Nigeria's Seven Triples its Gas Supply Deal
Nigerian producer Seven Energy said September 25 that a gas sales deal by its subsidiary Accugas to supply the Calabar power plant in southeast Nigeria entered into force September 22.
The gas sales agreement is supported by a World Bank partial risk guarantee (PRG), a financial instrument also backed by the Nigerian government, that will secure the supply of up to 131mn ft3/d of natural gas to the Calabar Nigerian Integrated Power Project (NIPP). Seven says the gas supply will enable Calabar consistently to generate up to 561 MW of electricity to the national grid, 15% of Nigeria’s current power production. It said this arrangement, which guarantees payments to Accugas, is the first of its kind for gas supply in Nigeria and stabilises the ‘gas to power’ value chain.
A NIPP is a power plant originally under full state control that has been privatised, with investors committing to modernise the unit and buy fuel.
To date, Accugas has supplied gas to Calabar NIPP under an interim gas sales agreement, at an average so far in 2017 of only 45mn ft3/d. That will now be tripled under the firm supply deal now in place. The Calabar GSA includes a 90 working day grace period during which the PRG cannot be called on.
Funding from Singapore’s Temasek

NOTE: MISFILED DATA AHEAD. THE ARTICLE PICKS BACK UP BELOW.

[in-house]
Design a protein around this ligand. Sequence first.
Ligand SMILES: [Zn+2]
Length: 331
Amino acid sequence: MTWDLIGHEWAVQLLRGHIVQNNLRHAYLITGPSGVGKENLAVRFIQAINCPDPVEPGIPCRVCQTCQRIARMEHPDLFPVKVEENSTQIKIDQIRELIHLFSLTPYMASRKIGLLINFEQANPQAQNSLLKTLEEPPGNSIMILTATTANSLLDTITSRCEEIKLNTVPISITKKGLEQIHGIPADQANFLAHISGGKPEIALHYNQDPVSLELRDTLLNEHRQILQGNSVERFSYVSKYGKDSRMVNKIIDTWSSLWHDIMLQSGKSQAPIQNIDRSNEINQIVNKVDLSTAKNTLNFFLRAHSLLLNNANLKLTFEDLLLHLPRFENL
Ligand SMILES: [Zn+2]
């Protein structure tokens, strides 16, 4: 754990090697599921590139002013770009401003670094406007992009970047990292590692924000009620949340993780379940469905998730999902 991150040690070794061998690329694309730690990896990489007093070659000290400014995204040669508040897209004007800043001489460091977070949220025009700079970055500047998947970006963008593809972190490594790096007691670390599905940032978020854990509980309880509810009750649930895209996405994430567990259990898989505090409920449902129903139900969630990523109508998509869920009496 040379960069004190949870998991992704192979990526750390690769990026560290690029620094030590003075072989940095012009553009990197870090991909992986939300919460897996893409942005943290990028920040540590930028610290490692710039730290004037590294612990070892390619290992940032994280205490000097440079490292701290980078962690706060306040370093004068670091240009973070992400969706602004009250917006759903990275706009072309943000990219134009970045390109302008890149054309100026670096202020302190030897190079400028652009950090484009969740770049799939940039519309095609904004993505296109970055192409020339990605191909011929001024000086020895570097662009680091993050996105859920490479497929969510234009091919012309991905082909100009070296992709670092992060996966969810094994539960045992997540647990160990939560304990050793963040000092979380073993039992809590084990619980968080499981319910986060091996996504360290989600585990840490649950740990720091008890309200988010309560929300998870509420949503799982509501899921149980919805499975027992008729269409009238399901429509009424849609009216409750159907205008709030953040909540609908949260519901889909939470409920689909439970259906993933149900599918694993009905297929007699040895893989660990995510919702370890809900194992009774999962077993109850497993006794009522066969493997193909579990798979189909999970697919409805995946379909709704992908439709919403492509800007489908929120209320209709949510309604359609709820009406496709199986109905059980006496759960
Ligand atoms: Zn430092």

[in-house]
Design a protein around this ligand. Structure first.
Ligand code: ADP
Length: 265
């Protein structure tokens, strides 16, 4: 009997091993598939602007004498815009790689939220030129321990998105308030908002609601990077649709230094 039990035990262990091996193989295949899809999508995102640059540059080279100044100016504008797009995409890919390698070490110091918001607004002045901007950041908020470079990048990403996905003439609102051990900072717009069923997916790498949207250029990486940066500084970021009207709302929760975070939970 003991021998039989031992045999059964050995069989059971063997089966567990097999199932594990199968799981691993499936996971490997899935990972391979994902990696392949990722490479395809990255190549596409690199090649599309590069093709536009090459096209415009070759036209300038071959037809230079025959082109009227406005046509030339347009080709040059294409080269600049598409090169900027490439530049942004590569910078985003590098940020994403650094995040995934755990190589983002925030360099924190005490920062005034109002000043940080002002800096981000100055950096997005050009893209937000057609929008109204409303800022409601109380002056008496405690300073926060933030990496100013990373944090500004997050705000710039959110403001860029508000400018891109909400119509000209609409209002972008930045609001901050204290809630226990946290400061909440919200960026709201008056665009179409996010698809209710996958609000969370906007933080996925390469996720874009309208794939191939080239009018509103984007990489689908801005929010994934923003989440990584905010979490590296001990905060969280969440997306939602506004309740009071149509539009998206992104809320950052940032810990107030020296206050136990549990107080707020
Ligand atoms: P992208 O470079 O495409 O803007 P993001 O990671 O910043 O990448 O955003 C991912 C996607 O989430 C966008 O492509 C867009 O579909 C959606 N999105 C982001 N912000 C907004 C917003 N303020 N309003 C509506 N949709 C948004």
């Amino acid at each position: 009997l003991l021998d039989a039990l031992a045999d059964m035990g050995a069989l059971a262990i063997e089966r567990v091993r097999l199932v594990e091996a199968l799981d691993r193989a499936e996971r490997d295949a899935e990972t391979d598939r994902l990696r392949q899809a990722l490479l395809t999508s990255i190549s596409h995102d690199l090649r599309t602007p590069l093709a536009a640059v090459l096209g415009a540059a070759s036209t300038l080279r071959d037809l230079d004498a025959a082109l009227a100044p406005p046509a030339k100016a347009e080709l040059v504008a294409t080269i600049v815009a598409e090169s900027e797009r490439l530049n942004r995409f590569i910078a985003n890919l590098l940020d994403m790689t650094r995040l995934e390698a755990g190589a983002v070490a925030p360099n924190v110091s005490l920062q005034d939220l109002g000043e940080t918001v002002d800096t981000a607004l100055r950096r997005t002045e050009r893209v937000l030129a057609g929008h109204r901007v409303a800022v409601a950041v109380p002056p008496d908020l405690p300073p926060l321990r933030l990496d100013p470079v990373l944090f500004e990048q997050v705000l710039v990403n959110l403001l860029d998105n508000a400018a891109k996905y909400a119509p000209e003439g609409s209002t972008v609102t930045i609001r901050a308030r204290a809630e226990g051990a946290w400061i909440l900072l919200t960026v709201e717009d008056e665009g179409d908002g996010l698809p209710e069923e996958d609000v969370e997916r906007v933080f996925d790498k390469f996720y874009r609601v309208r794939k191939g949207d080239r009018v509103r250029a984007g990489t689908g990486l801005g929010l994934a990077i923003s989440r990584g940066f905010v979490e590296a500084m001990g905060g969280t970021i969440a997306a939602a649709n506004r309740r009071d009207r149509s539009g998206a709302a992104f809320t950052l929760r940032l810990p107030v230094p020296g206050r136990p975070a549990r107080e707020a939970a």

Seven Energy told NGW at the Nigeria Gas Summit conference in Lagos that Calabar NIPP has operated since 2015.
However Seven’s senior midstream commercial manager James Odiase indicated to NGW that Calabar has not been fully operational, but that this now will change as a result of the commitment made both by the Nigerian federal government and the World Bank.
Speaking to NGW at the Lagos event September 26, Odiase said the PRG and revised gas supply will more power will be added to the current national grid, adding it was important that power supplied to the national grid be paid for, so that the investment plans to boost the country’s power supplies can be fulfilled.
In his paper to the conference, Odiase said it had taken Seven Energy ten years to achieve gas sales of 200mn ft3/d (2.07bn m3/yr). During that decade, Seven had developed a robust infrastructure ring in southeast Nigeria (Akwa Ibom and Calabar) and acquired $1bn through equity and debt facilities in partnership with firms like the UK Africa-focused bank Standard Chartered, Singapore’s sovereign wealth fund Temasek, and UK contractor Petrofac.
Seven Energy also announced September 25 that CEO Manish Maheshwari had been appointed to its board of directors, along with four new non-executive directors. Two directors stepped down from the board as shareholder representatives of (Basrain fund Asma Capital managed) IDB Infrastructure Fund II and the UK’s Petrofac respectively, one of whom has since been replaced by Asma Capital’s general counsel Satjeet Sahota.
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